5 doable, but nontrivial (this is a special case of what is called the inverse Galois problem; i.e., given a finite group, find a Galois extension of Q with the specified group as its Galois group. The easier way involves some abstract field theory, which is not really beneficial in my mind, so we will just skip it. Exercise 14. If a polynomial f(x has a root α of multiplicity m 2 (ie., has (x α m, then α is also a root of its derivative f (x. Exercise 15. Suppose F is a finite field with q elements, which we will henceforth denote F q (we will prove uniqueness up to isomorphism later. Prove that q = p n for some n N and some prime p. Proof. Since F q is a finite field, it cannot have characteristic zero (otherwise it would contain Q, which is infinite. Thus F q has prime characteristic p, and therefore contains F p as a subfield. Recall that whenever we have an inclusion of fields, we can view the larger one as a vector space over the smaller one. Thus F q is an F p vector space of some dimension n, which is necessarily finite since F q is finite. Let B = {v 1,..., v n } be a basis for F q over F p. Then the function F n p F q given by (c 1,..., c n n k=1 c kv k is a bijection since B is a basis. Therefore q = p n. Exercise 16. Prove that lcm(j, n = Proof. See the solutions to homework 5 nj gcd(j,n. Exercise 17. Let F K be an extension of fields and τ Aut(K an automorphism which fixes F. If α is a root of an irreducible polynomial f F[x], then τ(α is a conjugate of α over F. That is, τ(α is also a root of f. Proof. Let τ Aut(K/F, and suppose α is a root of an irreducible polynomial f over F. Suppose f(x = n c kx k for some c k F. Note that τ(c k = c k since τ fixes F. Then since τ is an automorphism of K, ( n 0 = τ(0 = τ(f(α = τ c k α k = τ(c k τ(α k = c k τ(α k = f(τ(α. Therefore τ(α is also a root of f, i.e., it is a conjugate of α. distinct monic irre Exercise 18. If f is a prime number, then there are pf p f ducible polynomials of degree f over F p. Proof. Recall that the polynomial x pf x factors over F p into all monic irreducible polynomials over F p of degrees d which divide f. If f is prime, this means it factors into all the monic irreducible polynomials of degrees 1, f. Notice that monic irreducible polynomials of degree 1 are just (x c for some c F p, and there are clearly p of these. Let n denote the number of monic irreducible polynomials over F p of degree d. Then by equating degrees, we must have p f = 1 p + f n. Solving for n we obtain n = pf p f as desired. 5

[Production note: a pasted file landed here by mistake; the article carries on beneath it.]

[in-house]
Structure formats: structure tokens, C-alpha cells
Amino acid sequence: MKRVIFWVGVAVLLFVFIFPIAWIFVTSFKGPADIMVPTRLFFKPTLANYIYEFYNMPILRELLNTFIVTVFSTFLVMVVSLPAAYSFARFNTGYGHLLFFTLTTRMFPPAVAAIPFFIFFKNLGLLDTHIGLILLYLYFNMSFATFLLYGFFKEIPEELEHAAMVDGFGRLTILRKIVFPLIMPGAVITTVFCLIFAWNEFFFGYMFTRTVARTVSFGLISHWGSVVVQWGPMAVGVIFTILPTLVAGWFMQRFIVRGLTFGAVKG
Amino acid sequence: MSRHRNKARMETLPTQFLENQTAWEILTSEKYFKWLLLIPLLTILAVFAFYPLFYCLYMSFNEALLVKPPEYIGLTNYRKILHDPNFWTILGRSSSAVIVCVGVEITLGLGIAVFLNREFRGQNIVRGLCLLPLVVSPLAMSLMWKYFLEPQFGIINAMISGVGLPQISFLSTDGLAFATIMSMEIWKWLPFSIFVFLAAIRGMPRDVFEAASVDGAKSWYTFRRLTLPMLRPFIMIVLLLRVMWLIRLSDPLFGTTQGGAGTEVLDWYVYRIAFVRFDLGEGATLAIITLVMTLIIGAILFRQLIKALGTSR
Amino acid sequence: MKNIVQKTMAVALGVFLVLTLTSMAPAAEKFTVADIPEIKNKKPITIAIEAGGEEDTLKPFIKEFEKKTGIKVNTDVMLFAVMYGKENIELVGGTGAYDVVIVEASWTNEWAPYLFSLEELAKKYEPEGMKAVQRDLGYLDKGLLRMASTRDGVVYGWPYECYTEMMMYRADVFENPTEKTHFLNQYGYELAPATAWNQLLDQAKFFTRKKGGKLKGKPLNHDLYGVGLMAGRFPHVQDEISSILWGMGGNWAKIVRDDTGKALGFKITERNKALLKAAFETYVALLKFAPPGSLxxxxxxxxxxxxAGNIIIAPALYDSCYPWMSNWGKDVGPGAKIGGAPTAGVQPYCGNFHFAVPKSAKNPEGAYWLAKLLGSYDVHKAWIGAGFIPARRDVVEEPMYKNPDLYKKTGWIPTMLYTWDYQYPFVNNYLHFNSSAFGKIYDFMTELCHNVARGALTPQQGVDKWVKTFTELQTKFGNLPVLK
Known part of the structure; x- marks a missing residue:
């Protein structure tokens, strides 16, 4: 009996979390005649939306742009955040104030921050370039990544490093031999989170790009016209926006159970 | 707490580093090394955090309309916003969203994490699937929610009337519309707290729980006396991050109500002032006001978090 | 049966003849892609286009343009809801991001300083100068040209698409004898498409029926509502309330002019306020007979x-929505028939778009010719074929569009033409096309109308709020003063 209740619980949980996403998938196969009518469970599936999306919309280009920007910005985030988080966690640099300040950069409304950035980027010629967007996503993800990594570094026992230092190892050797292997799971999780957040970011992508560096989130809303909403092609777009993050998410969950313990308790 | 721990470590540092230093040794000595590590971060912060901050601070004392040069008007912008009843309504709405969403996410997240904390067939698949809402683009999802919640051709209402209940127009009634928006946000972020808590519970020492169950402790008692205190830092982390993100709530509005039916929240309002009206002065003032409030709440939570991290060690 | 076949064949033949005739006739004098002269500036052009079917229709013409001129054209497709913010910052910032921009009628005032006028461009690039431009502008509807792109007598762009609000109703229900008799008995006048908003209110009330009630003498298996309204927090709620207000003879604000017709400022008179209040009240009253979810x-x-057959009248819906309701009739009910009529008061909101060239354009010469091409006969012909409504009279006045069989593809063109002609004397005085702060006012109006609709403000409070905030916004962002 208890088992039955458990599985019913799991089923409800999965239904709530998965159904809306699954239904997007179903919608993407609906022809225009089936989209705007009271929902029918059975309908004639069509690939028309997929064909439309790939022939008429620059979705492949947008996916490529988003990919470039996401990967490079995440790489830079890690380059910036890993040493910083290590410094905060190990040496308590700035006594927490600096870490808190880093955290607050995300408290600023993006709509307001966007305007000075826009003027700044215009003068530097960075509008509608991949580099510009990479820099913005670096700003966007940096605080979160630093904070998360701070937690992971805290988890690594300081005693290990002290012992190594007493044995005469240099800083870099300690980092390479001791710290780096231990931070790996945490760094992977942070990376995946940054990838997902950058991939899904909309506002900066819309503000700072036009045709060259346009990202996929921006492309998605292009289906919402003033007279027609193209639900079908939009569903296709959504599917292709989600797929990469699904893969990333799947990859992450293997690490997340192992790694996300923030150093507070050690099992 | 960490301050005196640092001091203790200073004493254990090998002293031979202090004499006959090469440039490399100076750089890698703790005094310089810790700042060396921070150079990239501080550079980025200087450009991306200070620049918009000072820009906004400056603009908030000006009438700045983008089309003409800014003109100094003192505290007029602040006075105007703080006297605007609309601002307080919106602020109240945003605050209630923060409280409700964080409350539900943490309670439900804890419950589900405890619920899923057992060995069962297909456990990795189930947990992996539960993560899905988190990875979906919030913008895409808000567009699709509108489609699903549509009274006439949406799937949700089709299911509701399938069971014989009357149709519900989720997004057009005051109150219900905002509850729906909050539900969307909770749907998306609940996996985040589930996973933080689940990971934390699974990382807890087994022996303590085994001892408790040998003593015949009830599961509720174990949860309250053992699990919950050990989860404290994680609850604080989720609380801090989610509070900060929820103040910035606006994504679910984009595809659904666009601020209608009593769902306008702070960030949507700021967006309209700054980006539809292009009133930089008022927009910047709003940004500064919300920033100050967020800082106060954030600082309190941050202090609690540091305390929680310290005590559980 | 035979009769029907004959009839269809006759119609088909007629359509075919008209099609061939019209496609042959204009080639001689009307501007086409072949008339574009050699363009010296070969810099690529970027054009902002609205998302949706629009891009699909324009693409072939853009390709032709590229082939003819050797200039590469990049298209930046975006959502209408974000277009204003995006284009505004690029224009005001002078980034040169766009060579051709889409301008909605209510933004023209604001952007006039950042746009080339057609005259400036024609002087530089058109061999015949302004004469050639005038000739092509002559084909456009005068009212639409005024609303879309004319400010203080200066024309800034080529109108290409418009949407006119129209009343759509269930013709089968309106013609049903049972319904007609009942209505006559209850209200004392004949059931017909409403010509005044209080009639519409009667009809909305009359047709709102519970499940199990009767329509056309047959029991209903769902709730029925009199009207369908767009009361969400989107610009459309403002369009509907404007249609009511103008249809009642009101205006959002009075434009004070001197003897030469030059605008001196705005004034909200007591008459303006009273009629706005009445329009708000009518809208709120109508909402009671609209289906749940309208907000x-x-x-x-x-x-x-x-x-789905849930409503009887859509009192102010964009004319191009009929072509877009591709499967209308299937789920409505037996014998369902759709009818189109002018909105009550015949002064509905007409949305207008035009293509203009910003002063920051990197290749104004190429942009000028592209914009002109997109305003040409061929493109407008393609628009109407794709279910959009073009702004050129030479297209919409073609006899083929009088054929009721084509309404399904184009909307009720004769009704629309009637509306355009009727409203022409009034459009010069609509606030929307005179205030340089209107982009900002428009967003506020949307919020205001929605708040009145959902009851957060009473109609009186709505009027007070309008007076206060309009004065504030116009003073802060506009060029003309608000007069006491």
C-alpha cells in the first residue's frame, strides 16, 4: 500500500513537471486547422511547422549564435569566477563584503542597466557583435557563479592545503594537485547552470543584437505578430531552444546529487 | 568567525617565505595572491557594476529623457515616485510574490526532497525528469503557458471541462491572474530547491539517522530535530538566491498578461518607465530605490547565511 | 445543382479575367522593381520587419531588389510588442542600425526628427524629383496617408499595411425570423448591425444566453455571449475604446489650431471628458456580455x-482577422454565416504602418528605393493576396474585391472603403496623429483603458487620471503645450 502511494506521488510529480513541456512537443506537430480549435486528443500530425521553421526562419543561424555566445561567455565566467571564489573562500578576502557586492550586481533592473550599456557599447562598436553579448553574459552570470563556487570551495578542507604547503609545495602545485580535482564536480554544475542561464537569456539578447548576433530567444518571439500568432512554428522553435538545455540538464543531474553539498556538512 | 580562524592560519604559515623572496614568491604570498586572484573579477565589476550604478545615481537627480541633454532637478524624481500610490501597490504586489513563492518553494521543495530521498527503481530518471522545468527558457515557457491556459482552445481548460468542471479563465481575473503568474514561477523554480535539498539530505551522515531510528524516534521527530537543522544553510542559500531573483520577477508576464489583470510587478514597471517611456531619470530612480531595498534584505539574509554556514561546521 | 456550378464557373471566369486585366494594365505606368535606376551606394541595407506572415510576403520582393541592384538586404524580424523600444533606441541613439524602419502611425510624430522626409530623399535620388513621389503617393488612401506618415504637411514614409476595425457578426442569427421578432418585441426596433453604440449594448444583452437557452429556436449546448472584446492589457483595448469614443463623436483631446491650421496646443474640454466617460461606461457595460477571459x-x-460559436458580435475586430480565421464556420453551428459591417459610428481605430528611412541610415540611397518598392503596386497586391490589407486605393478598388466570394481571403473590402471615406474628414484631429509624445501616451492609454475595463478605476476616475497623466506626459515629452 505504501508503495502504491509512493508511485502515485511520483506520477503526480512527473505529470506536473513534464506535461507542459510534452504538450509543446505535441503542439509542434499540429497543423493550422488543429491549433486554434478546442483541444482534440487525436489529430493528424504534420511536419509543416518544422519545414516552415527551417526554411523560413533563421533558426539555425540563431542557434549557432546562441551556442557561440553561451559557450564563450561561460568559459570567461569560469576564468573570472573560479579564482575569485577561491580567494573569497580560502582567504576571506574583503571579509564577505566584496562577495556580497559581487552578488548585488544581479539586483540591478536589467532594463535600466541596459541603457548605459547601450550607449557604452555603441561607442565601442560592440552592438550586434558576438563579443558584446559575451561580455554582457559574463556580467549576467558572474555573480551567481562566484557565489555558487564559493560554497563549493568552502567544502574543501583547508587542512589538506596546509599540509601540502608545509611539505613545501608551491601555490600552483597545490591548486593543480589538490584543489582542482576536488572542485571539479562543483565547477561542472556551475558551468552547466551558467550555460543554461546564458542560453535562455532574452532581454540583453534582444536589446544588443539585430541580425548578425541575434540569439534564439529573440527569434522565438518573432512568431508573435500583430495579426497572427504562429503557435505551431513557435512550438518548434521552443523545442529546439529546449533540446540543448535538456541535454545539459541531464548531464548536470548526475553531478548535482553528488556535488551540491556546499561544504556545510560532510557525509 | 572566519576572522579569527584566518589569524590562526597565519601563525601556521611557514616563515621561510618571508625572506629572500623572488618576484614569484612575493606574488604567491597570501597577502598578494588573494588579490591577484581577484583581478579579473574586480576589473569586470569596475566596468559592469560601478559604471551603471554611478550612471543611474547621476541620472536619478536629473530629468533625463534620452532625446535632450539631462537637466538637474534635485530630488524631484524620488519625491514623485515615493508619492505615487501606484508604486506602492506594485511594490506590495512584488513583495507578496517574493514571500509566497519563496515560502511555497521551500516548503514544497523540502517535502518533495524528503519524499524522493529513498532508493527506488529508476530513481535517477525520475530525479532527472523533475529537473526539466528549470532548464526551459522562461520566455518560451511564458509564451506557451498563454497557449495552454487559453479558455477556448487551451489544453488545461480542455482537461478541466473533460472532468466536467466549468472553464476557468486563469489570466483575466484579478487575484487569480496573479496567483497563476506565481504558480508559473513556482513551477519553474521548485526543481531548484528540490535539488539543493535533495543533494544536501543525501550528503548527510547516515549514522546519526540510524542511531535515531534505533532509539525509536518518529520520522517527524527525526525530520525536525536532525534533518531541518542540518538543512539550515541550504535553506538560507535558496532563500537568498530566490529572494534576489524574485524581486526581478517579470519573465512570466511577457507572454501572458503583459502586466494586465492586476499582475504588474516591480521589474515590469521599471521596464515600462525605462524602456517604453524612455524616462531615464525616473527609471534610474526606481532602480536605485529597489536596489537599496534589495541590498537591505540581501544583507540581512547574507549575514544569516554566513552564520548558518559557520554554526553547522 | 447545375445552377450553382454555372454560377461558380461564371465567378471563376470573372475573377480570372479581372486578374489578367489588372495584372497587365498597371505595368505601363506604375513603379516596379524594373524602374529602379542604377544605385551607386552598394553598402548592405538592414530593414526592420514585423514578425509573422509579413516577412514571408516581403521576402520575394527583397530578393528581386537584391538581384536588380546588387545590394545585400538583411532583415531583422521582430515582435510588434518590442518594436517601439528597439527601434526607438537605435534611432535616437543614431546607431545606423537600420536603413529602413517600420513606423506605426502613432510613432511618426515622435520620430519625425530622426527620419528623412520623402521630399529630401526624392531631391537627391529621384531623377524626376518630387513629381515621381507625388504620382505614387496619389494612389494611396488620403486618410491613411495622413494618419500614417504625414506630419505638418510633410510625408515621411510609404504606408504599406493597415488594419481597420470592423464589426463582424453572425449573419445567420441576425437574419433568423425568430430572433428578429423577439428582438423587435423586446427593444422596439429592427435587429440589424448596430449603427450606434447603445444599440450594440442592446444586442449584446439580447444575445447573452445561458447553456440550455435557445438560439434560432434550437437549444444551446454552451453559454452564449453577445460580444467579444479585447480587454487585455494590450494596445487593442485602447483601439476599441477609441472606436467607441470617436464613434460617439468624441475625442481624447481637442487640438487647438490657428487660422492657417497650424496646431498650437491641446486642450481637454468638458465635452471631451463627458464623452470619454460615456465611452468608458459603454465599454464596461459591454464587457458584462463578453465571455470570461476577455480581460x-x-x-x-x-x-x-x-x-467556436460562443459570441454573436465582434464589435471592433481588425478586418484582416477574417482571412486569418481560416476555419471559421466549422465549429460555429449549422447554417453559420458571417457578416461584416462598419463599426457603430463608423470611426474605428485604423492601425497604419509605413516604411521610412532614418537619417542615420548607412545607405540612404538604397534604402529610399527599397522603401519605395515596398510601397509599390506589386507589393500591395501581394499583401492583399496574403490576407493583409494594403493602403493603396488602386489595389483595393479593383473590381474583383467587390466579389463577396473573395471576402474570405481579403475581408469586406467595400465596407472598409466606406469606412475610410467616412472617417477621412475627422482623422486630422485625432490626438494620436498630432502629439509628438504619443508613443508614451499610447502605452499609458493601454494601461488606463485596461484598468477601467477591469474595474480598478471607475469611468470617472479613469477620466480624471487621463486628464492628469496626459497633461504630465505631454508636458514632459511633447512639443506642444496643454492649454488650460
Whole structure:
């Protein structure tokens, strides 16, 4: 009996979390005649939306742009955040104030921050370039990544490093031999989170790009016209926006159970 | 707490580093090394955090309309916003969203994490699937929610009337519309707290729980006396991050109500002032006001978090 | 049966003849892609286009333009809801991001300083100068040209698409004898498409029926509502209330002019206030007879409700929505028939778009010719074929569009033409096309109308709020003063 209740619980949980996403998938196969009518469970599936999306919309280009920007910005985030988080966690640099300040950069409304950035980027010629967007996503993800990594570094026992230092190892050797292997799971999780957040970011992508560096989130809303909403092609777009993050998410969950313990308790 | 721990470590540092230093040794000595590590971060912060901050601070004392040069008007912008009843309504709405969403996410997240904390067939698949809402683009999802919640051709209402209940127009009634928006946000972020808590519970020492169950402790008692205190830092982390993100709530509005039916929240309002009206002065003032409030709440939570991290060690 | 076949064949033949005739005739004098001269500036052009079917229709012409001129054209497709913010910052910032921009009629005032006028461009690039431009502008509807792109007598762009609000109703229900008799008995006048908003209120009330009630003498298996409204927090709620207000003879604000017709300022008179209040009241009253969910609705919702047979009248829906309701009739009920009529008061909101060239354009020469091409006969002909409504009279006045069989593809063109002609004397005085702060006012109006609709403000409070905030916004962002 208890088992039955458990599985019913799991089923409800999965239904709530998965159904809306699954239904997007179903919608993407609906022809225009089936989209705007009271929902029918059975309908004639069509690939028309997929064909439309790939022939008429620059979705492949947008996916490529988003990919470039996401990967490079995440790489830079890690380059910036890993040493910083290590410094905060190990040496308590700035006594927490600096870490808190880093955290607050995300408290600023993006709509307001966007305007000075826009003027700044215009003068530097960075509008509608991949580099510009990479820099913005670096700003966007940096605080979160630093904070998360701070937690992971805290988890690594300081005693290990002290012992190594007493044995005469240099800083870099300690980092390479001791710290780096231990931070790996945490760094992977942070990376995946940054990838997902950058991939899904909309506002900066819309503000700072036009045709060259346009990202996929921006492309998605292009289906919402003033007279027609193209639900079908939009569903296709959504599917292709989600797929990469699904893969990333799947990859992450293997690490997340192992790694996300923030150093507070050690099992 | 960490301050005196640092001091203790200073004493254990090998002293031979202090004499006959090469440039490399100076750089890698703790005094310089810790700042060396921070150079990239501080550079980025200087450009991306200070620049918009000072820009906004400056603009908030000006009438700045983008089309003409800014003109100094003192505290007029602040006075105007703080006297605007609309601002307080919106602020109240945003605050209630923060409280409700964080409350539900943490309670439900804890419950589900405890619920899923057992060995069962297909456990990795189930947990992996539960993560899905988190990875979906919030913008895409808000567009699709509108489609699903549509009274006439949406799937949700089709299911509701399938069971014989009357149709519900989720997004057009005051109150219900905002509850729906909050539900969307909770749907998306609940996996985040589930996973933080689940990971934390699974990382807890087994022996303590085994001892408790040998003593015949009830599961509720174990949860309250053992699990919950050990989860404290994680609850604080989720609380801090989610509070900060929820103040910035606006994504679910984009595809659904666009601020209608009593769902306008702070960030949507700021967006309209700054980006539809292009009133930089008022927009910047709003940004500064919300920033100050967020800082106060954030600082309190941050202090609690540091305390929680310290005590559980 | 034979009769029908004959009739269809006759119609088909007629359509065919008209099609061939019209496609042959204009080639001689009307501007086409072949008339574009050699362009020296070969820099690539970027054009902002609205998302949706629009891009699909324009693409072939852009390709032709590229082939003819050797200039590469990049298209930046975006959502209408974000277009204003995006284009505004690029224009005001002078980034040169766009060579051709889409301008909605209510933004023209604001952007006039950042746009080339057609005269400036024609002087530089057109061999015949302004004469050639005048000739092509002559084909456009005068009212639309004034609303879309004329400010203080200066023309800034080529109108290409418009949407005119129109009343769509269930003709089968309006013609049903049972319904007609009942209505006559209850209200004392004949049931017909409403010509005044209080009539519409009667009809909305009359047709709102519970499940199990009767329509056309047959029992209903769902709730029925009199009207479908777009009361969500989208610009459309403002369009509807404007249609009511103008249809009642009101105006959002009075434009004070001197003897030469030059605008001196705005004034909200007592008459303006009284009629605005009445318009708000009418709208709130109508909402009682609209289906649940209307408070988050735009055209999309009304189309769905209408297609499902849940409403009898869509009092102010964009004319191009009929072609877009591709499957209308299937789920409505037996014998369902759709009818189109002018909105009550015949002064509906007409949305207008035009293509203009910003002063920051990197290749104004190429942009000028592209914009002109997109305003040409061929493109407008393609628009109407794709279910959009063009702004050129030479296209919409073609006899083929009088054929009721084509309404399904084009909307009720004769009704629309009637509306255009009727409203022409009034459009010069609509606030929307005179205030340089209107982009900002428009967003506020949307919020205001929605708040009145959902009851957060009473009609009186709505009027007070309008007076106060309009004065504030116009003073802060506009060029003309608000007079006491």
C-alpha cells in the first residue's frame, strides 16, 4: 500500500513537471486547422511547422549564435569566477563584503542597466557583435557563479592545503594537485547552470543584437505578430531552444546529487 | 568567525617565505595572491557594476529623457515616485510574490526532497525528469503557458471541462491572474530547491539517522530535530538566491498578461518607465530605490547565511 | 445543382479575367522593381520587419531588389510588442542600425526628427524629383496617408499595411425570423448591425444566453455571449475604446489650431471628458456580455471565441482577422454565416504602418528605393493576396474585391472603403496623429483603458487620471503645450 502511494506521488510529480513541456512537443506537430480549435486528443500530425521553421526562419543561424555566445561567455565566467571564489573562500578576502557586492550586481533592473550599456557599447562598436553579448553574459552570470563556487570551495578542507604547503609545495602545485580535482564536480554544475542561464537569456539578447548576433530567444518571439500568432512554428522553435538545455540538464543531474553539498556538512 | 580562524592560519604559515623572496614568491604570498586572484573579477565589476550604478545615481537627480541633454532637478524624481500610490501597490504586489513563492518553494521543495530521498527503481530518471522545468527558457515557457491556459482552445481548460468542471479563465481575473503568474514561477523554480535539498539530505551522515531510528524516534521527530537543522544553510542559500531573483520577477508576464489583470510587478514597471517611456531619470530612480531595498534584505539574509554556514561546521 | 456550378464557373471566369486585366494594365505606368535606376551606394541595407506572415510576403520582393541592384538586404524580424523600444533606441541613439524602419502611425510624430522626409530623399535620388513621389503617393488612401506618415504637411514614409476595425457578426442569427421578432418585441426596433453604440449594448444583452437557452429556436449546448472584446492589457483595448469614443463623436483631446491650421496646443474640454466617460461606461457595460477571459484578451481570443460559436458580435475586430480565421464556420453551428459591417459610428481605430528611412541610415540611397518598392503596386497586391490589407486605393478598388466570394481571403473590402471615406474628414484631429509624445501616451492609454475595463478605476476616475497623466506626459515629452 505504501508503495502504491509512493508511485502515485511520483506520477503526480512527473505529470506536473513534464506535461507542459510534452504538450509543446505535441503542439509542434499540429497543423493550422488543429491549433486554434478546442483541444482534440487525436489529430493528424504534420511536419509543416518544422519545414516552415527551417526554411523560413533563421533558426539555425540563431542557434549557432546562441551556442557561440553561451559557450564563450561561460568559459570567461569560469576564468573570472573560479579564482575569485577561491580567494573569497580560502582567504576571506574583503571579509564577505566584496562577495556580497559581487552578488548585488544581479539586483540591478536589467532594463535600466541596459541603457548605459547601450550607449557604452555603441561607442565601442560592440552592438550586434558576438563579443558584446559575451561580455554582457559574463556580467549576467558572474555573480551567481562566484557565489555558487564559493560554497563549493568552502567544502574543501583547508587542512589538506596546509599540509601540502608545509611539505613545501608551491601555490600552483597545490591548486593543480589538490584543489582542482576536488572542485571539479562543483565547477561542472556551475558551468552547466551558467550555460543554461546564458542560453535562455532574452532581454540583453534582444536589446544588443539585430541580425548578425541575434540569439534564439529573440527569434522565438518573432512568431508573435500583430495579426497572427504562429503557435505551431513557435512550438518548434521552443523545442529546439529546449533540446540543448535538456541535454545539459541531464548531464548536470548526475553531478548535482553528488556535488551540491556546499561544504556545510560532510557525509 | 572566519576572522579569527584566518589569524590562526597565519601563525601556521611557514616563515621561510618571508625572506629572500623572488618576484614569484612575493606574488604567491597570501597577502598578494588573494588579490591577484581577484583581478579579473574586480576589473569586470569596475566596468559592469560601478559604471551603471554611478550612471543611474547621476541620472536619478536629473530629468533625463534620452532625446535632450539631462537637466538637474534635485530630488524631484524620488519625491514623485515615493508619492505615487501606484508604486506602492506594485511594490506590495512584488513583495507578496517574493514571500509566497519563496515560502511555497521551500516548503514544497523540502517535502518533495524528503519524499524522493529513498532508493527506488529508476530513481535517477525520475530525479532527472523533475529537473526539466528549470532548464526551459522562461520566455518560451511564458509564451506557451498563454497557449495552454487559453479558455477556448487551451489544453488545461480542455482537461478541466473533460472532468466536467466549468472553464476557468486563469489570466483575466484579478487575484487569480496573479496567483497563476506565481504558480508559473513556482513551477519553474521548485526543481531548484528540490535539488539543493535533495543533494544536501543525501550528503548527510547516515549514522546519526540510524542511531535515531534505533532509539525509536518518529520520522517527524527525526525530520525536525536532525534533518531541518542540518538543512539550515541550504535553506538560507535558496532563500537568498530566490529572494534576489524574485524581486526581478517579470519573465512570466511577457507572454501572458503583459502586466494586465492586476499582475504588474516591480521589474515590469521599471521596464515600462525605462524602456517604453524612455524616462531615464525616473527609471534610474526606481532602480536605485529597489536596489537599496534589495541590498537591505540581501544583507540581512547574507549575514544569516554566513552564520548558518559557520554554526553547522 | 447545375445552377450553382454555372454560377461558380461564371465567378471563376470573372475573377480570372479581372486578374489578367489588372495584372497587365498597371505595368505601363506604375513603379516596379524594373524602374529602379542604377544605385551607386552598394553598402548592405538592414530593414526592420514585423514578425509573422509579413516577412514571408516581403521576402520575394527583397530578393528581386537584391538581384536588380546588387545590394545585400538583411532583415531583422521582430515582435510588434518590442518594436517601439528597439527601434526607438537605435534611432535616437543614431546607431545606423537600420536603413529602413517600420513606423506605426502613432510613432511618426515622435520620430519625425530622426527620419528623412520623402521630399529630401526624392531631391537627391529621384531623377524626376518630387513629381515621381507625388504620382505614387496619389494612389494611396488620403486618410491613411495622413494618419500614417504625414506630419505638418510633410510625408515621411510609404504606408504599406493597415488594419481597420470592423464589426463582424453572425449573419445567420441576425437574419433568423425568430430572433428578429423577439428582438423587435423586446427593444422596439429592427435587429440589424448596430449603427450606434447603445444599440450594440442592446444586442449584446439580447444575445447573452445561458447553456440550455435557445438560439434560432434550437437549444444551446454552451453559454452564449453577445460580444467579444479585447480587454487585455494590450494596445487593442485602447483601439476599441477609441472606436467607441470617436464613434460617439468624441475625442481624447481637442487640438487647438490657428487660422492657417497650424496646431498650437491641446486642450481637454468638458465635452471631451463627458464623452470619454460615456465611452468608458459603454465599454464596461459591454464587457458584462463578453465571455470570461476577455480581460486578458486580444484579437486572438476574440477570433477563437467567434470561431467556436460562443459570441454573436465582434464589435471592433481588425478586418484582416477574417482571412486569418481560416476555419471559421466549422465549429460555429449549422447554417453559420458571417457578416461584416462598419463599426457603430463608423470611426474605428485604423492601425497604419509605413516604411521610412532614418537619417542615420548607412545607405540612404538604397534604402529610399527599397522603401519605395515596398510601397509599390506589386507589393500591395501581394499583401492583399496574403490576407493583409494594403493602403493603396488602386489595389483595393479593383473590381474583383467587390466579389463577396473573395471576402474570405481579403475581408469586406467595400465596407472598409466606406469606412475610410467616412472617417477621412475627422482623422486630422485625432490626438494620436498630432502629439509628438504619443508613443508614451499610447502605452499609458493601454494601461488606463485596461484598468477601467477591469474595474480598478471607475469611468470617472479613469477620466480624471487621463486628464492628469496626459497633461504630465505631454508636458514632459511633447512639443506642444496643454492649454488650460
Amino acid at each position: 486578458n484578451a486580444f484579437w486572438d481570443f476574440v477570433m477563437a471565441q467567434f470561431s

6 Exercise 19. Provide a formula for the number of distinct monic irreducible polynomials of degree f (not necessarily prime over F p in terms of the divisors of f. (Just try to do this for say, f is a prime power (by induction, or f is a semiprime (products of two primes; the general formula is a bit more complicated. Proof. Suppose that f = q n is a prime power. We will prove by strong induction that the number of distinct monic irreducible polynomials of degree q n over F p is p qn p qn 1 q n. The base case n = 1 follows from the previous exercise. So suppose that n N and the formula holds for all k < n. By a theorem, we know that x pqn x factors into all monic irreducible polynomials of degrees d dividing q n, namely, 1, q, q 2,..., q n. Let m k denote the number of monic irreducible polynomials over F p of degree q k. Then m 0 = p and by the induction hypothesis, m k = pqk p qk 1 for k < n. Then by equating q k degrees, we find that p qn = q k m k = p + (q k pqk p qk 1 + q n m n = p + k=1 k=1 = p qn 1 + q n m n. q k ( p qk p qk 1 + q n m n Solving for m n we obtain m n = pqn p qn 1 q. n Suppose that f = qr is a semiprime. Then notice that x pqr x factors into all monic irreducible polynomials of degrees d dividing qr, i.e., degrees 1, q, r, qr. Let m denote the number of monic irreducible polynomials of degree qr. Then by equating degrees, we find ( p q p p qr = 1 p + q Solving for m, we find q + r ( p r p m = pqr p q p r + p. qr r + qr m. For the completely general case, notice that x pn x factors into all monic irreducible polynomials over F p of degrees d dividing n. Then if m d denotes the number of monic irreducible polynomials over F p of degree d, we can equate degrees to obtain p n = dm d. d n By Möbius inversion, this yields nm n = d n µ(dp n d, 6
7 from which we find m n = 1 µ(dp n d. n d n Above, µ denotes the Möbius function. That is, µ(n is the sum of the primitive nth roots of unity. An alternative characterization is: 1 if n is a squarefree positive integer with an even number of prime factors µ(n := 1 if n is a squarefree positive integer with an odd number of prime factors 0 if n has a squared prime factor The Möbius inversion formula follows from properties of Dirichlet convolution. Notice that the formula for m n given above easily recovers the previous two formulas given for m q n and m qr. We can even do much more complicated ones with the formula for m n given above. For example, the formula above yields m 60 = 1 ( p 60 p 30 p 20 p 12 + p 10 + p 6 + p 4 p In particular, there are monic irreducible polynomials of degree 60 over F 2. By the way, Möbius inversion is a really cool trick for functions involving Dirichlet convolution (i.e., sums where the index ranges over the divisors of a positive integer. 7